Other economists are cited as arguing that Pentagon spending saves money by providing security within which economic growth can occur.  Even if true, that claim, of course, says nothing about whether the Pentagon is a good place to spend America’s innovation dollar.  It also assumes that there are threats severe enough to jeopardize growth.  Yet the spate of warfighting that the US has engaged in since the end of the Cold War has cost trillions.  And one of the main reasons we engage in so many of these operations is not because our nation’s security is truly threatened—but because we can, because we have the overblown military forces and high technology to do so.  Worse still, there is a good argument that these wars have created more enemies than they have destroyed.

My heart bleeds for the thousands of workers in Northern Virginia and around the country who have fed at the Pentagon’s trough for so long.  But why should they be any different from the rest of the U.S. economy, which must suffer through the adjustments that our economy periodically requires? The Pentagon and military contractors have for decades been a bastion of privilege – a protected little socialist republic within our capitalist state – immune from the laws of economics.  After a decade of gluttonous expansion, there is now a modest effort to rein it in.   

I look forward to the possibility however small of more cuts – and to the increased innovation and dynamism it is likely to spark in our economy.


Eggheads Requested

I wonder what readers of the Duck (and my co-bloggers) think about the DoD’s “Minerva” social science initiative. Short story is, the Pentagon plans to fund $8 million worth of social science research through the National Science Foundation this year. The NSF program solicitation is to be found here.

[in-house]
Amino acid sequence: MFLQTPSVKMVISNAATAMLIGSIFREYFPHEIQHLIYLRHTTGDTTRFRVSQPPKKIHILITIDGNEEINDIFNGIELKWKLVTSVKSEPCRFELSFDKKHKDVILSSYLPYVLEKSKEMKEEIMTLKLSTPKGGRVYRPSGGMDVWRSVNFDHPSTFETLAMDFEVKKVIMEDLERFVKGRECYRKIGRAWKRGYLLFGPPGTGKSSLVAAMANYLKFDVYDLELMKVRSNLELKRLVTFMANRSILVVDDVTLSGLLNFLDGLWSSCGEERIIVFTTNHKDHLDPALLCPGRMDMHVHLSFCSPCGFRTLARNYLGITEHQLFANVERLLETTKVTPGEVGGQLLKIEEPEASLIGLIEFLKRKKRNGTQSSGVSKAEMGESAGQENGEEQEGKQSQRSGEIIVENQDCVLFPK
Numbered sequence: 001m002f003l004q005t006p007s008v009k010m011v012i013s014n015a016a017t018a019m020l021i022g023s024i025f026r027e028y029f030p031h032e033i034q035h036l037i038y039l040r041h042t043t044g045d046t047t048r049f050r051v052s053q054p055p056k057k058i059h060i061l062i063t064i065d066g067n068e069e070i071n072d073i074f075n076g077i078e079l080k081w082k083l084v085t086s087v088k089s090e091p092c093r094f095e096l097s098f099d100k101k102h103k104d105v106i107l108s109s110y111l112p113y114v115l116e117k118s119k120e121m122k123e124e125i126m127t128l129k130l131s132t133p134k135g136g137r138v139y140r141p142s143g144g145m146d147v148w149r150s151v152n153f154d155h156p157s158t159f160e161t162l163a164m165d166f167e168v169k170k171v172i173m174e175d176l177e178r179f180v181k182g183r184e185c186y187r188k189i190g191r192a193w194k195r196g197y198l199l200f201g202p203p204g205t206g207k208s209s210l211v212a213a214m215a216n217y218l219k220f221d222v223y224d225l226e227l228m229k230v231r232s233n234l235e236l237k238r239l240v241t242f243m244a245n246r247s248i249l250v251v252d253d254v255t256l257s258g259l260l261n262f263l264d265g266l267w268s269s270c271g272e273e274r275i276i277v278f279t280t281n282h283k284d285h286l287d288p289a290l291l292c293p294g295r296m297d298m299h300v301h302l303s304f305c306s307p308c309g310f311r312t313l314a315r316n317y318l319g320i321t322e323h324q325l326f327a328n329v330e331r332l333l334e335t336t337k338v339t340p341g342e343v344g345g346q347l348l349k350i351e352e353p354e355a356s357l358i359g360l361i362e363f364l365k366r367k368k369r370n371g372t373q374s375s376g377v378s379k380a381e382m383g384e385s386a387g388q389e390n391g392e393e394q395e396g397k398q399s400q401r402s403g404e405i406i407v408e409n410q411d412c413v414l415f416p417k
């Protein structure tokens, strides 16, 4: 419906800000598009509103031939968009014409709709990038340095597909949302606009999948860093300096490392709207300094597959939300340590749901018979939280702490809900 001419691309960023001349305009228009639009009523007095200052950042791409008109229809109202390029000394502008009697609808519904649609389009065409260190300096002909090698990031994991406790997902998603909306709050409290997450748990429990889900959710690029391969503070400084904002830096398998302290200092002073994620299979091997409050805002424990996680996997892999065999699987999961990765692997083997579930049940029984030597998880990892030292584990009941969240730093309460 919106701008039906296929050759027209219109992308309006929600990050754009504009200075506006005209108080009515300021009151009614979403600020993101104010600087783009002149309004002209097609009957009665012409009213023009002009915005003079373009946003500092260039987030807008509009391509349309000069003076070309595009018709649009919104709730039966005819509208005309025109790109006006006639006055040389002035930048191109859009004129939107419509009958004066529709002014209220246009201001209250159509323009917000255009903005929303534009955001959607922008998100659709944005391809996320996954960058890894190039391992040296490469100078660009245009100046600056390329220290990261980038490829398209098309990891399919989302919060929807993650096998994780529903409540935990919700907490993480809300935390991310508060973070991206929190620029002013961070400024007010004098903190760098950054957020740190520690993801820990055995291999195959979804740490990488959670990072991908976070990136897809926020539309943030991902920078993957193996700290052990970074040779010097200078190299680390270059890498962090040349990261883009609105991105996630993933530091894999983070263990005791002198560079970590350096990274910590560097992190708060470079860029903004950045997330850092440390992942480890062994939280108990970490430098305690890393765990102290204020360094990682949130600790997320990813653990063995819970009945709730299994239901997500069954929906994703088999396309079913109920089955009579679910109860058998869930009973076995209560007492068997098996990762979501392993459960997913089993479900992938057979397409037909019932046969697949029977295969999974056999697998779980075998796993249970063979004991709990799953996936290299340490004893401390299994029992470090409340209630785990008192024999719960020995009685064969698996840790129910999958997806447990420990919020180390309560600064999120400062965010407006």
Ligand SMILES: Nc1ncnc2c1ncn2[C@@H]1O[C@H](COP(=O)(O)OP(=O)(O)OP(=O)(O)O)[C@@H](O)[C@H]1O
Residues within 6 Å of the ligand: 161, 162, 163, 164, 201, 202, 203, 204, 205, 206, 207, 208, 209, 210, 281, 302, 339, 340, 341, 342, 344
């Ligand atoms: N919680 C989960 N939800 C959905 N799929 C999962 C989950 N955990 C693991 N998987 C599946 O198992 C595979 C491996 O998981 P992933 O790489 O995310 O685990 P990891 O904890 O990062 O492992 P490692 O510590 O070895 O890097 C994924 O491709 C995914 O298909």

Today, the Washington Post reported that one “Network of Concerned Anthropologists” has expressed concern with the initiative:

“The Pentagon’s Minerva Research Initiative, named after the Roman goddess of wisdom and warriors, will fund social science research deemed crucial to national security. Initial proposals were due July 25, and the first grants are expected to be awarded by year’s end. But the Network of Concerned Anthropologists, which includes professors from American and George Mason universities, said dependence on Pentagon funding could make universities an ‘instrument rather than a critic of war-making.’

American Anthropological Association has issued similar concerns.

I think this position is bunk. The fact that the DoD is asking certain questions in a certain way and will be interested in the findings does not mean the DoD controls the research or that the science is compromised. It doesn’t mean that social scientists will be militarized or are unable to be critical of policies based on certain empirical fallacies. It does mean that those who want the money will have to demonstrate the relevance of their research designs to the kinds of questions the DoD wants answered, but that’s no different from any other NSF RFP. What it also means (significantly) is that the DoD at least wants to send the signal that it is actually prepared to consider the results. In light of recent history, I think this is a great leap forward.

Then again, perhaps I am just in favor because I want some of the money.


Winning the other War of Ideas

Sorry for the lack of posts recently, I’ve been sick all week and finally feel like myself again this afternoon, so I’m going to try to catch up on a few things that I had meant to mention but….

First off: A must read from last Sunday’s NYT (I had actually started the post earlier, but only typed 2 lines before I started coughing).